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Courtesy photo. John Copeland.

Courtesy photo. John Copeland.

(Chelsea Update would like to thank Jane Parikh for the photo and information in this story.)

John Copeland said the up-close view he had of a career exploration program offered through a local Boy Scout Council motivated him to get involved with Scouting on a much deeper level.

Copeland, who works to raise funds for a University of Michigan Health System cancer program, is the recipient of a Silver Beaver Award for his involvement with Scouting. The award is the council-level distinguished service award of the Boy Scouts of America. Recipients of this award are registered adult leaders who have made an impact on the lives of youth through service given to the council.

“I see this award as a real honor,” Copeland said in a press release. “To be recognized within the Scouting community means a great deal to me.”

His involvement with Southern Shores began when he saw the value that young people were getting out of an Explorer Post at a company he was working for. The Explorer program is a co-ed opportunity for high school-age youth to learn more about particular career fields that they may be interested. Explorer Posts are set up at sponsoring organizations such as police departments or manufacturing facilities and these sponsors provide a place for the Explorers to meet and to get a better idea of what is done there.

“I thought it was great to see youth getting exposure to the trades and other types of vocations,” Copeland said.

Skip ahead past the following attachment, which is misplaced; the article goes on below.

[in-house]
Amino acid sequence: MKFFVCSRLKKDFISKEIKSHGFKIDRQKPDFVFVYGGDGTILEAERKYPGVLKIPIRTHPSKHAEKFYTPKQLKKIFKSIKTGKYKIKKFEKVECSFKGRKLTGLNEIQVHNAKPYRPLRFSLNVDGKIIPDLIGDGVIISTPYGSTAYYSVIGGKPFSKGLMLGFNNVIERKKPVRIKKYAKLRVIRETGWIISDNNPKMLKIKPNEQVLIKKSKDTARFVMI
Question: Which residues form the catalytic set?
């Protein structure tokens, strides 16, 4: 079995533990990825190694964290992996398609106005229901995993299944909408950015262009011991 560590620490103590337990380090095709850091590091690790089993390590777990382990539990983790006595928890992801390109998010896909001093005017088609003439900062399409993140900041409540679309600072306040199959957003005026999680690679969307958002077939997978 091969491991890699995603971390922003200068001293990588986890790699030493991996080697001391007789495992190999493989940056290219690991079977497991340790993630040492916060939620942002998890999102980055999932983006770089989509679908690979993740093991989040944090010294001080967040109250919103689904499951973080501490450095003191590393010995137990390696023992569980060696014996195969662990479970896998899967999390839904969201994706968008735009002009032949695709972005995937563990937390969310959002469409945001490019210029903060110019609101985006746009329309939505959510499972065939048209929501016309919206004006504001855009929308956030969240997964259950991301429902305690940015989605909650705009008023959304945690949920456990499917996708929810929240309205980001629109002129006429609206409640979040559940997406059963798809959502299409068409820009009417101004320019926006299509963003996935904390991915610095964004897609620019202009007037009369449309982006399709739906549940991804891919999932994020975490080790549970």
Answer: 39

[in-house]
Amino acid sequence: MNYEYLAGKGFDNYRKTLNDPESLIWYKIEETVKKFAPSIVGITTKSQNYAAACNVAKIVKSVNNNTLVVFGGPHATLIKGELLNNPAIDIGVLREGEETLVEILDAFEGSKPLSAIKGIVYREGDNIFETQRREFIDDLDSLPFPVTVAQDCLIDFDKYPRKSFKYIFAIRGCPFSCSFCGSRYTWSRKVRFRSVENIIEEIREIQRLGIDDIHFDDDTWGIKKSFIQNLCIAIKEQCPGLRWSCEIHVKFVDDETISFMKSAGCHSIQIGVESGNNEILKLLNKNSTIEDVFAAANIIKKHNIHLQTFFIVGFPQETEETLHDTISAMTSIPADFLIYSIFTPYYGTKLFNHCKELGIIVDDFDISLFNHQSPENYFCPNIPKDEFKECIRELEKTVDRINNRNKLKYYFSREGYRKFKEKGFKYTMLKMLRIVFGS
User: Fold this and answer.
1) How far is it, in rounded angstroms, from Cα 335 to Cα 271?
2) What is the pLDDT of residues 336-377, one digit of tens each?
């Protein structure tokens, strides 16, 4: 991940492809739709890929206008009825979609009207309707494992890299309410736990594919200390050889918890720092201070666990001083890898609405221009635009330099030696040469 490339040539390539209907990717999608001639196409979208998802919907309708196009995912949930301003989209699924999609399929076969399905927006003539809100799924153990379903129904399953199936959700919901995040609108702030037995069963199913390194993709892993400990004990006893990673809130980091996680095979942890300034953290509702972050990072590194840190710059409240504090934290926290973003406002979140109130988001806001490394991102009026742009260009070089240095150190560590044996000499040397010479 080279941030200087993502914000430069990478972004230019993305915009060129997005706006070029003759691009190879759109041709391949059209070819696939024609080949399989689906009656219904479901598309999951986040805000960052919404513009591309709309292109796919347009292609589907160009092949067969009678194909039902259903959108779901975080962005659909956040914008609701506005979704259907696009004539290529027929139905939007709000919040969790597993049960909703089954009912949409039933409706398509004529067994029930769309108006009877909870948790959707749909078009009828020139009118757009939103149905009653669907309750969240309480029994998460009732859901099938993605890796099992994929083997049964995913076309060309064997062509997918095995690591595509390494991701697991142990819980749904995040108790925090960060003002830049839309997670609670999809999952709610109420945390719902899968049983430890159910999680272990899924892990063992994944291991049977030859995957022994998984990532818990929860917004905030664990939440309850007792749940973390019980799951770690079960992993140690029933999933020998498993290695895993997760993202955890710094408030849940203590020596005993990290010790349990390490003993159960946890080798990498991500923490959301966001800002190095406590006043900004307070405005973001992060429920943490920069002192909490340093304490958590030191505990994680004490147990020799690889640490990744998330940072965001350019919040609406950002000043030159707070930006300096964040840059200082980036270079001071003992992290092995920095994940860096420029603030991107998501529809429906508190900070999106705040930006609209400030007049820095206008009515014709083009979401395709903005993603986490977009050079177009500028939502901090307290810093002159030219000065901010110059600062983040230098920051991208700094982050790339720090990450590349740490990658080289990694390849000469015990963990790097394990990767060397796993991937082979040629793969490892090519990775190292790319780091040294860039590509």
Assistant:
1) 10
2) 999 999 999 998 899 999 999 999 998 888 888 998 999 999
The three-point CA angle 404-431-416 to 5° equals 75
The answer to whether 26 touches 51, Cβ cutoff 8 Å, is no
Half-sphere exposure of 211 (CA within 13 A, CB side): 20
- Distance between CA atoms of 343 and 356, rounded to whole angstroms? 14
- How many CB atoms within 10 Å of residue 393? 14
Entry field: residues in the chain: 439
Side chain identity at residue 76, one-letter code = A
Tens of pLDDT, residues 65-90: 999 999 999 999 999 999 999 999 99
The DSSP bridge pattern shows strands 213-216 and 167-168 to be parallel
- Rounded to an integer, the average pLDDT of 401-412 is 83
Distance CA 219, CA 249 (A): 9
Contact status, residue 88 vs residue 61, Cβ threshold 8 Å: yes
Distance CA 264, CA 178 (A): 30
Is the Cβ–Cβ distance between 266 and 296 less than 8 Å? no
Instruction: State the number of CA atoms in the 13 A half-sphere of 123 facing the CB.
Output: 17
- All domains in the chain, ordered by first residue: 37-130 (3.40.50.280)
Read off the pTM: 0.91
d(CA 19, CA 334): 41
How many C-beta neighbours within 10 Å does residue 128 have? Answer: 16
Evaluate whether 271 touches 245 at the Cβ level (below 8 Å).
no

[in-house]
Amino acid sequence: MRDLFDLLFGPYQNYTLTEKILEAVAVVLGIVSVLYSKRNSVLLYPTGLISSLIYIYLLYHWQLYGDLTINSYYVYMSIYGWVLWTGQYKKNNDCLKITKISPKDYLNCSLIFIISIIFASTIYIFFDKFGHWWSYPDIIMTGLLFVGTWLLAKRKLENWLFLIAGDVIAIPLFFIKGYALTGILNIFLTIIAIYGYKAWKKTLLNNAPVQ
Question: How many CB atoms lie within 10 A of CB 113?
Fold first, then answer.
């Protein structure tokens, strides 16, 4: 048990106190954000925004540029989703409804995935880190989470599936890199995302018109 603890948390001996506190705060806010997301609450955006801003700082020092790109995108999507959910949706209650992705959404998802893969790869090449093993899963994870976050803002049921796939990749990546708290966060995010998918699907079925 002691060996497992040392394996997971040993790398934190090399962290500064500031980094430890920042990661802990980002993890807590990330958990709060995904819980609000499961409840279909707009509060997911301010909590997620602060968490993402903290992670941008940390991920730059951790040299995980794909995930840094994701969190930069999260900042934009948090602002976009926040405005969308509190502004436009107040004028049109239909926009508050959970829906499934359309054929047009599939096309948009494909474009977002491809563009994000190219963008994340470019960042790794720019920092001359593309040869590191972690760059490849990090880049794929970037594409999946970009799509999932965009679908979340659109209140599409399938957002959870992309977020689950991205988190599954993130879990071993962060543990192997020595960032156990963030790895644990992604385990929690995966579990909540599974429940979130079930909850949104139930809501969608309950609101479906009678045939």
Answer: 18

So, he was very supportive of his son’s decision to join the Cub Scouts. Now a junior at the U of M, Copeland’s son earned his Eagle Scout Award in 2011 while with Troop 476 and helped to re-launch a Venture Crew, focused on sports shooting, from the Huron Trails District of Southern Shores. The Venture program is another co-ed opportunity offered through the Boy Scouts of America at the Council level which is more of an outdoor adventure experience. It is open to youth in high school through age 21 and the Venture Crew members decide what they would like to explore as a group.

Copeland and his son spent a lot of time together in Cub Scouts and into Webelos. Once his son became a Boy Scout, Copeland decided to take a behind-the scenes role to support his son’s troop and Huron Trails. He is currently the Friends of Scouting chairman for Southern Shores and former District Chairman for Huron Trails.

“Scouting is not as visible in communities now as it has been in the past,” Copeland said. “The world continues to evolve and change and people have less time for outside activities like service clubs. Their focus is more on career or family obligations.

“With young people technology is both and opportunity and a downfall. Scouting gets young people out of doors and gives them the ability to explore real life situations.”

Matthew Adams, scout executive with the Southern Shores Field Service Council, said Copeland is a true ambassador for Scouting.

“John’s willingness to go out and share our story is key to our continued success in our Huron Trails District, in addition to Southern Shores,” Adams said. “He never passes up an opportunity to meet with different groups and organizations to secure support so that more boys can have a Scouting experience that they will only get through Boy Scouts.”

Through watching his son’s Scouting journey, Copeland said he saw the leadership and life skills his son learned that will stay with him for the rest of his life.

“There is no other organization that helps shape young people’s positive leadership skills and engagement in society like the Boy Scouts,” Copeland said. “When you share with people the impact Scouting had had on a family and the opportunities for parents to see the growth and development of their own child, people get it.”

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